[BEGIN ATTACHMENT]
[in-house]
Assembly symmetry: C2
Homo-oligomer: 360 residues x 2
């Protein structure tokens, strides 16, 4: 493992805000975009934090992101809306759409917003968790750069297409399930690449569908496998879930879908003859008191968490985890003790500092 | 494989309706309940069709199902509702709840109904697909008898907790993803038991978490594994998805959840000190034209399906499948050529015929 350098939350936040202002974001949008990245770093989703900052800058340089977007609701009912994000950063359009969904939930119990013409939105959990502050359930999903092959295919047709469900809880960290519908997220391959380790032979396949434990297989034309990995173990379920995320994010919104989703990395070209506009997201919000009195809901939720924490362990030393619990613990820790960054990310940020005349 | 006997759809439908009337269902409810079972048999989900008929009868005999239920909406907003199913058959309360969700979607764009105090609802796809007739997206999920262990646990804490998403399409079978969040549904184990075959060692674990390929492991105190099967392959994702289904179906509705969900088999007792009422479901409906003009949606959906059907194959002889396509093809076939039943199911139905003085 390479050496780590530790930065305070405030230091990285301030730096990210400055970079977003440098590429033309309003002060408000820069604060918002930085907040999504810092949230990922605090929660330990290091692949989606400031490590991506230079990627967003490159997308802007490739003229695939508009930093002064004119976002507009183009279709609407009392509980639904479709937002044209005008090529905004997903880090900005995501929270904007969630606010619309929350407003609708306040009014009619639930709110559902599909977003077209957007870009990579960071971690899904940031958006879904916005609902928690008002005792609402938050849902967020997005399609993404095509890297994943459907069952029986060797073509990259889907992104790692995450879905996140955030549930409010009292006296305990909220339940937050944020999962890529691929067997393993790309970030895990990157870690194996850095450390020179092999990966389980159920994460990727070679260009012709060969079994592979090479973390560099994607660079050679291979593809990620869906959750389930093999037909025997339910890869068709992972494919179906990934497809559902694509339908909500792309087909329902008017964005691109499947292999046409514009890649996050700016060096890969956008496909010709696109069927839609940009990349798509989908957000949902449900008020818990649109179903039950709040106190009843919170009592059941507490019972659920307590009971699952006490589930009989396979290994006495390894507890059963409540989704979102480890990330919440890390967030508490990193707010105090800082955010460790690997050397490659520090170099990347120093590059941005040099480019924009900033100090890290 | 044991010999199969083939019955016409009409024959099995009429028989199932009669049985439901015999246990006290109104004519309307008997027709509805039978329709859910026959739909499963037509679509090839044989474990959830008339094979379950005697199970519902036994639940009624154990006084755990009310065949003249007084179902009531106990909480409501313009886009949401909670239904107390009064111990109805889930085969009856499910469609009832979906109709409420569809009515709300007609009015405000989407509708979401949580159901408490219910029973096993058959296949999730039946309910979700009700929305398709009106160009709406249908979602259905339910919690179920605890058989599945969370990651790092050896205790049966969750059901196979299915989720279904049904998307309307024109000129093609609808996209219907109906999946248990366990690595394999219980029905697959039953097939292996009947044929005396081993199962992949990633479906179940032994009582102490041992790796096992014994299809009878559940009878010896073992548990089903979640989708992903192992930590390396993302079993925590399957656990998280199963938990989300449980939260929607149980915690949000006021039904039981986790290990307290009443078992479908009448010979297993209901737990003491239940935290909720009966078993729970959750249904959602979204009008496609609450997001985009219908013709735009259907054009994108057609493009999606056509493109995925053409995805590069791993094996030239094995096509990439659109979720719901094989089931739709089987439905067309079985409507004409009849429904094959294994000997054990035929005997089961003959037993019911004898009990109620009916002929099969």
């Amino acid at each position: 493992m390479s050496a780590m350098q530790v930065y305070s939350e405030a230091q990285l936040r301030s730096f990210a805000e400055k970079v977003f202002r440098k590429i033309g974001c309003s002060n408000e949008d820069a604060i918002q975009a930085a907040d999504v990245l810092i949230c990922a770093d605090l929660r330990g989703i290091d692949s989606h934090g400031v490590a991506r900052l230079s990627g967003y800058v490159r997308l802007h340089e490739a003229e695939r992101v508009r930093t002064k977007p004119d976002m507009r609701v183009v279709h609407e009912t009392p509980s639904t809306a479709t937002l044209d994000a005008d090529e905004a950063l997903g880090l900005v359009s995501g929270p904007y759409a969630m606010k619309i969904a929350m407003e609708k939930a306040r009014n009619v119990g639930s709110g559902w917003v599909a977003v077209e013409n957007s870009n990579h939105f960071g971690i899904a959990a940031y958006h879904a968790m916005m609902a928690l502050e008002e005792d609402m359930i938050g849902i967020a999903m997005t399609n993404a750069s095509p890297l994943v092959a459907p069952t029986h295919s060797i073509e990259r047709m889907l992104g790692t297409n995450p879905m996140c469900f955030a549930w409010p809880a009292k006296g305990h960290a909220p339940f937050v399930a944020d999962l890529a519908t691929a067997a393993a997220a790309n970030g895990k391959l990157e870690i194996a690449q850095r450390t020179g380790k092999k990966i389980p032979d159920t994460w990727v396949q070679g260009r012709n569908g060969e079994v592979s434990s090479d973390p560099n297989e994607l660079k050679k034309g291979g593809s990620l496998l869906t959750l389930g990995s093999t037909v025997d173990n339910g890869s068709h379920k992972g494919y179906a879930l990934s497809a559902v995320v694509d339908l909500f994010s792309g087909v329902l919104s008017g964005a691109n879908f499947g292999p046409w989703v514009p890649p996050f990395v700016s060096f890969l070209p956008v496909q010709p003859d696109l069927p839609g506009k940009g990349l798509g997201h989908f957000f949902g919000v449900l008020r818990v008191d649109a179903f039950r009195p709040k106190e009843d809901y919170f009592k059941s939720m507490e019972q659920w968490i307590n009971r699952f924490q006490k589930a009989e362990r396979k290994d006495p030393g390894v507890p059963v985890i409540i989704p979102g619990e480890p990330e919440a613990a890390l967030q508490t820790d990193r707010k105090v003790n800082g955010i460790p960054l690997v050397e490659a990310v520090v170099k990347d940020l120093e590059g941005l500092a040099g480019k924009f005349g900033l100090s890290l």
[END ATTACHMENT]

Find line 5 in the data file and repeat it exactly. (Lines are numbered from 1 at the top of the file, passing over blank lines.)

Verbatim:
């Amino acid at each position: 493992m390479s050496a780590m350098q530790v930065y305070s939350e405030a230091q990285l936040r301030s730096f990210a805000e400055k970079v977003f202002r440098k590429i033309g974001c309003s002060n408000e949008d820069a604060i918002q975009a930085a907040d999504v990245l810092i949230c990922a770093d605090l929660r330990g989703i290091d692949s989606h934090g400031v490590a991506r900052l230079s990627g967003y800058v490159r997308l802007h340089e490739a003229e695939r992101v508009r930093t002064k977007p004119d976002m507009r609701v183009v279709h609407e009912t009392p509980s639904t809306a479709t937002l044209d994000a005008d090529e905004a950063l997903g880090l900005v359009s995501g929270p904007y759409a969630m606010k619309i969904a929350m407003e609708k939930a306040r009014n009619v119990g639930s709110g559902w917003v599909a977003v077209e013409n957007s870009n990579h939105f960071g971690i899904a959990a940031y958006h879904a968790m916005m609902a928690l502050e008002e005792d609402m359930i938050g849902i967020a999903m997005t399609n993404a750069s095509p890297l994943v092959a459907p069952t029986h295919s060797i073509e990259r047709m889907l992104g790692t297409n995450p879905m996140c469900f955030a549930w409010p809880a009292k006296g305990h960290a909220p339940f937050v399930a944020d999962l890529a519908t691929a067997a393993a997220a790309n970030g895990k391959l990157e870690i194996a690449q850095r450390t020179g380790k092999k990966i389980p032979d159920t994460w990727v396949q070679g260009r012709n569908g060969e079994v592979s434990s090479d973390p560099n297989e994607l660079k050679k034309g291979g593809s990620l496998l869906t959750l389930g990995s093999t037909v025997d173990n339910g890869s068709h379920k992972g494919y179906a879930l990934s497809a559902v995320v694509d339908l909500f994010s792309g087909v329902l919104s008017g964005a691109n879908f499947g292999p046409w989703v514009p890649p996050f990395v700016s060096f890969l070209p956008v496909q010709p003859d696109l069927p839609g506009k940009g990349l798509g997201h989908f957000f949902g919000v449900l008020r818990v008191d649109a179903f039950r009195p709040k106190e009843d809901y919170f009592k059941s939720m507490e019972q659920w968490i307590n009971r699952f924490q006490k589930a009989e362990r396979k290994d006495p030393g390894v507890p059963v985890i409540i989704p979102g619990e480890p990330e919440a613990a890390l967030q508490t820790d990193r707010k105090v003790n800082g955010i460790p960054l690997v050397e490659a990310v520090v170099k990347d940020l120093e590059g941005l500092a040099g480019k924009f005349g900033l100090s890290l």